The end of this quarter saw one of the worst market performances in South Africa’s recorded history. The All Share Index performed negatively during the month of August as a result of local politics and global trade wars. The Johannesburg Stock Exchange (JSE) has experienced significant pressure due to large scale selling which resulted in negative returns across all sectors.
The South African business cycle remains in a depressed state with economic indicators showing further weakness. This has been the longest down turn since 1956. Real economic reform remains persistently lacking due to global trade wars along with geo political issues.
The second quarter Gross Domestic Product (GDP) outcome provided some relief, but due to the aforementioned factors, confidence remains low. A dwindling GDP, along with a significant rise in unemployment and deteriorating fiscal stance, calls for urgent economic reforms to create sustainable economic growth and employment. This would also stimulate the value of the Rand following its recent depreciation.
This persistently negative sentiment and lack of cohesion is going to make positive returns more difficult for businesses to attain. It can be easy during these times to feel despondent, particularly when the return on investments has been pedestrian over the past five years. However, one must remember that market negativity is cyclical and is often seen at this time of year. Low volumes and high volatility can cause markets to move but given the recent GDP performance, we do anticipate that South Africa may well see positive growth later in the year. As such, our preferred stocks are likely to perform well, which may result in an increase in dividend returns.
The current feeling of doom and gloom has presented first-time investors with good entry points into the markets and we believe that remaining invested in preferred stocks will provide long-term growth both in earnings as well as capital. Some of the best valuations are in the property, retail and banking sectors and these have allowed for some very good opportunities to enter the market. Going forward, we are likely to see an increase in corporate actions as some of our big stocks look to delist and create alternative listings internationally.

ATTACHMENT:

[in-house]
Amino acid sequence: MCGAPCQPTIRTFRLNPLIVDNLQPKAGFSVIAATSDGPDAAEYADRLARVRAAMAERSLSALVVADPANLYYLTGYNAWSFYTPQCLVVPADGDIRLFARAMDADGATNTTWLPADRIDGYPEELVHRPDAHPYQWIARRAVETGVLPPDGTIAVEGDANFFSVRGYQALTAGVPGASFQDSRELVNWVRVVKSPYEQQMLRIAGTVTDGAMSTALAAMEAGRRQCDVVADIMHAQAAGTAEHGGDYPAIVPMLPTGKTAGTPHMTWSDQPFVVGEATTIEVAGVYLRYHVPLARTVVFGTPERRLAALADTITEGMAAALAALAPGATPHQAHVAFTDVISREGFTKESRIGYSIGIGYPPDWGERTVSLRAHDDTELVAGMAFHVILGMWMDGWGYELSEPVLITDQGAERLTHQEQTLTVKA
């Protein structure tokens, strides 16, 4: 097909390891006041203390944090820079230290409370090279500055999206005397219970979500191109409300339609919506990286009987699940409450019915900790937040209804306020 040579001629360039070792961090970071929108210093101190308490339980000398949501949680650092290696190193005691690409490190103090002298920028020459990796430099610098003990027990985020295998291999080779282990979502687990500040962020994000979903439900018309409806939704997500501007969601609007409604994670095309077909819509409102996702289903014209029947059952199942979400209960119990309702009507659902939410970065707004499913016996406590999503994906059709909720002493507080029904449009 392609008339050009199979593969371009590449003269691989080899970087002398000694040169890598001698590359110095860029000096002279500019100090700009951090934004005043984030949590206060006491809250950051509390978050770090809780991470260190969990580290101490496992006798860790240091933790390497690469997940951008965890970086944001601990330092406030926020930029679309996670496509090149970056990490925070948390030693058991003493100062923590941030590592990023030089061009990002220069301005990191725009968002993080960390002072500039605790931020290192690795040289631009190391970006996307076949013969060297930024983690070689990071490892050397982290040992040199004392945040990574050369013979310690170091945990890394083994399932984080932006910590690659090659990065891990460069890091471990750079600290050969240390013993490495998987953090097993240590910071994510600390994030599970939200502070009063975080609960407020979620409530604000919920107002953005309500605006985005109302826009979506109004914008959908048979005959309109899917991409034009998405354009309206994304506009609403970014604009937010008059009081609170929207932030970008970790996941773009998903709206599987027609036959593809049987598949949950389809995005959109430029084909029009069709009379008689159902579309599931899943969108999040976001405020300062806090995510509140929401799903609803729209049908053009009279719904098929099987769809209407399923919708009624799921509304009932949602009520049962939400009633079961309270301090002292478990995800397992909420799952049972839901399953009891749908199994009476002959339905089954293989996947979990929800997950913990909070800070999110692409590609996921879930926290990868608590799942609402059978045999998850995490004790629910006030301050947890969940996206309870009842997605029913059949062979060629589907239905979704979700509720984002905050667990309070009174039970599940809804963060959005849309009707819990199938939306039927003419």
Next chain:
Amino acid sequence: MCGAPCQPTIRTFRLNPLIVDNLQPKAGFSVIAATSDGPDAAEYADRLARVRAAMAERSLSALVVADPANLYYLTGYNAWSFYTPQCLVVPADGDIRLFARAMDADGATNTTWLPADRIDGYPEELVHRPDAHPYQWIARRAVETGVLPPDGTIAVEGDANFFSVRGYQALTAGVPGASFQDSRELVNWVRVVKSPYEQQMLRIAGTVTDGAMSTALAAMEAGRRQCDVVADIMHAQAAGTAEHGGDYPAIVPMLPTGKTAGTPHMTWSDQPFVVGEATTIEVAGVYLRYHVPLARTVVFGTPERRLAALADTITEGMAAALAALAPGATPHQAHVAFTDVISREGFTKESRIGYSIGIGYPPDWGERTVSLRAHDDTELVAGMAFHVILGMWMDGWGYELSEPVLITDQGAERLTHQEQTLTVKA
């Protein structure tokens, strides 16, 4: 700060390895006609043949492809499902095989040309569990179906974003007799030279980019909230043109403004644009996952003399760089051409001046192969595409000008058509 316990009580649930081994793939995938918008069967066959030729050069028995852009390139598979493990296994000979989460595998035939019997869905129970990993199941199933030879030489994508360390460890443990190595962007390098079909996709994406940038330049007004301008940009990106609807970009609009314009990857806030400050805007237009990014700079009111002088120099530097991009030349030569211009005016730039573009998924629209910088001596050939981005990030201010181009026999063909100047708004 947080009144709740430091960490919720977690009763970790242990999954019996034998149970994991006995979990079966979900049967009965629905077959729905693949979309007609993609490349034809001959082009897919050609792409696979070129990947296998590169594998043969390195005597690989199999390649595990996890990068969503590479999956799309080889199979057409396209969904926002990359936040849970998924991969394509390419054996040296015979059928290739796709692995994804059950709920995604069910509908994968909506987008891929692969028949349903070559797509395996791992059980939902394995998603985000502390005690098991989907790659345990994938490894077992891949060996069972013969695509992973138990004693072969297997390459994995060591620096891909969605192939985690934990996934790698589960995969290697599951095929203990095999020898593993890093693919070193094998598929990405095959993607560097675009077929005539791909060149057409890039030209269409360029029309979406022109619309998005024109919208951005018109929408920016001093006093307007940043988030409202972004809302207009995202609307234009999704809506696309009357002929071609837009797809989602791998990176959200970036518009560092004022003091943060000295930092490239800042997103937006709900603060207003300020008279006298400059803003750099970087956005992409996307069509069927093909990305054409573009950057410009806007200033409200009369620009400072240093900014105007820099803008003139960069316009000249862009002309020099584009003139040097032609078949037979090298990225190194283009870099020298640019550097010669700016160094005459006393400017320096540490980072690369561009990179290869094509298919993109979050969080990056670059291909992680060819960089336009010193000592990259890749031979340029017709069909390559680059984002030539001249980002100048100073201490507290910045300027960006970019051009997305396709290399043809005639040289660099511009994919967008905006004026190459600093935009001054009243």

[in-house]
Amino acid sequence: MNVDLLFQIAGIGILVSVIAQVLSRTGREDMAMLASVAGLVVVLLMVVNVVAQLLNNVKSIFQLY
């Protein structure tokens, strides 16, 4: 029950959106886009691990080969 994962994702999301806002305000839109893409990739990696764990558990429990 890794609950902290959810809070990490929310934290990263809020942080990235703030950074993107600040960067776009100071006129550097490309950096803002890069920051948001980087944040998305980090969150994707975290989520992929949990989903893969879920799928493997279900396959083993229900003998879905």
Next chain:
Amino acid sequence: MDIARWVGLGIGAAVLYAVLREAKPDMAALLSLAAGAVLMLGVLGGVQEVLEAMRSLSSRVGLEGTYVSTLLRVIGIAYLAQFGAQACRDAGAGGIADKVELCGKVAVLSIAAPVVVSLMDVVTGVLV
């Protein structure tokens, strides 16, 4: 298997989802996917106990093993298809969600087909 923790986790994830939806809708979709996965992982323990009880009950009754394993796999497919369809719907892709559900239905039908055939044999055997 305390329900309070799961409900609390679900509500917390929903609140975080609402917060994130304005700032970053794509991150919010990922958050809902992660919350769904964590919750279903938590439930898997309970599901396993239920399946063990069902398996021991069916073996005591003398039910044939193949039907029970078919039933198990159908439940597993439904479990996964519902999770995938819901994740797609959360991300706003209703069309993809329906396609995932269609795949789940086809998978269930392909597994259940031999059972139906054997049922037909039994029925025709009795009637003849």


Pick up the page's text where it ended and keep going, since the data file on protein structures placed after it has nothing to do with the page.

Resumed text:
There are a number of complex issues being experienced globally. Brexit continues to be a complete disaster with a lack of clarity on the way forward by the decision makers in parliament. Boris Johnson is trying every conceivable tactic to get his way, although I believe this may be difficult given the resistance from not only opposition parties but by those within his own Conservative party.
America continues to engage in the trade war with China and untold damage has been caused largely due to Donald Trump’s erratic approach and volatile social media tirades, resulting in poor sentiment within the USA and globally. Although Trump has indicated that he will be meeting with China during the month of October in an effort to reach a compromise, the persistence of the trade war could cause further deterioration in global markets. The unrest and resulting riots in Hong Kong are also contributing to this downturn.
Global indexes have bounced after their recent correction and have performed satisfactorily despite the time of year. The FTSE, in the UK, has been marked by the exit of Marks & Spencer after thirty-eight years, which shows how indexes are being affected by various factors.
To those clients who were requested to submit their updated compliance documents, we really appreciate your assistance in this regard. I know this has been a tedious process, but it is an absolute necessity going forward. We will, at all times, attempt to keep this to a minimum and will only contact you for updated documentation if it is an absolute requirement.
We would like to take this opportunity to thank all of our clients for their unwavering support during these trying times and we look forward to sharing more positive news with you in the not too distant future.